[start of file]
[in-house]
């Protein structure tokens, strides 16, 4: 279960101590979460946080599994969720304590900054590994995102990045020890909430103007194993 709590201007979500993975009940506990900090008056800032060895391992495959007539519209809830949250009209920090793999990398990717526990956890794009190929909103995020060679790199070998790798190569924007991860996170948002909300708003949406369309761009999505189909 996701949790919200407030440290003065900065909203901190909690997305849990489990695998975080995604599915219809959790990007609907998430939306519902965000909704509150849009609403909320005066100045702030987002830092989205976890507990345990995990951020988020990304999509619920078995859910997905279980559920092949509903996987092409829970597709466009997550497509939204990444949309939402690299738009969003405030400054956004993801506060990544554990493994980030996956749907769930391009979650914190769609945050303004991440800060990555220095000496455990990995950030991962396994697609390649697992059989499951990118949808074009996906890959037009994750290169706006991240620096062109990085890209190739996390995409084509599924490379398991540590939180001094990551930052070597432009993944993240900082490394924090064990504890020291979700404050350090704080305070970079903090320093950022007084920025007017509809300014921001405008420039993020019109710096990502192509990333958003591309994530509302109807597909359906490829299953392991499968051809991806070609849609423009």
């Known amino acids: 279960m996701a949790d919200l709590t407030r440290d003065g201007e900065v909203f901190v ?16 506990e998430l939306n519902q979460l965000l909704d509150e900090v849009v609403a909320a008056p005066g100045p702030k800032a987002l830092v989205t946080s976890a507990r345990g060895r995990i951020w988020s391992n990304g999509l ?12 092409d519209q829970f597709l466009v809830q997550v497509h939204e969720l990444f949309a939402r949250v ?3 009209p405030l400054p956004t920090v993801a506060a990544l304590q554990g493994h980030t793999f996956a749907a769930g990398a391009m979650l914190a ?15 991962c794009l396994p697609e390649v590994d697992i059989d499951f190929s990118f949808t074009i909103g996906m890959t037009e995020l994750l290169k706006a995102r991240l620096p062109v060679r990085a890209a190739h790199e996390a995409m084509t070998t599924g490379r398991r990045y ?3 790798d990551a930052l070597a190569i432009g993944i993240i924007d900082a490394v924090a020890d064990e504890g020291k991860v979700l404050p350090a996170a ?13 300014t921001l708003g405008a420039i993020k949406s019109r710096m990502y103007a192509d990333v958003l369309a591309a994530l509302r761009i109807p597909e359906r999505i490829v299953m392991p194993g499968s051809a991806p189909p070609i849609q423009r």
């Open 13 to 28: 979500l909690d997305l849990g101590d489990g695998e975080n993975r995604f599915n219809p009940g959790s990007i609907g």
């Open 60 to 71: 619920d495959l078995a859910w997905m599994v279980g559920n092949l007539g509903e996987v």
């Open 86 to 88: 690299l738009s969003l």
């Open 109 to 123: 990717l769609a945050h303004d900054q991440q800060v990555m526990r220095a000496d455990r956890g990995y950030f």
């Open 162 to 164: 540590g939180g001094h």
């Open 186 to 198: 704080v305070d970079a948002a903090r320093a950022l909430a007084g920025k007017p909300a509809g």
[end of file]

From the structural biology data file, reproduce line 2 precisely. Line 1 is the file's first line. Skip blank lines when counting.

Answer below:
């Protein structure tokens, strides 16, 4: 279960101590979460946080599994969720304590900054590994995102990045020890909430103007194993 709590201007979500993975009940506990900090008056800032060895391992495959007539519209809830949250009209920090793999990398990717526990956890794009190929909103995020060679790199070998790798190569924007991860996170948002909300708003949406369309761009999505189909 996701949790919200407030440290003065900065909203901190909690997305849990489990695998975080995604599915219809959790990007609907998430939306519902965000909704509150849009609403909320005066100045702030987002830092989205976890507990345990995990951020988020990304999509619920078995859910997905279980559920092949509903996987092409829970597709466009997550497509939204990444949309939402690299738009969003405030400054956004993801506060990544554990493994980030996956749907769930391009979650914190769609945050303004991440800060990555220095000496455990990995950030991962396994697609390649697992059989499951990118949808074009996906890959037009994750290169706006991240620096062109990085890209190739996390995409084509599924490379398991540590939180001094990551930052070597432009993944993240900082490394924090064990504890020291979700404050350090704080305070970079903090320093950022007084920025007017509809300014921001405008420039993020019109710096990502192509990333958003591309994530509302109807597909359906490829299953392991499968051809991806070609849609423009």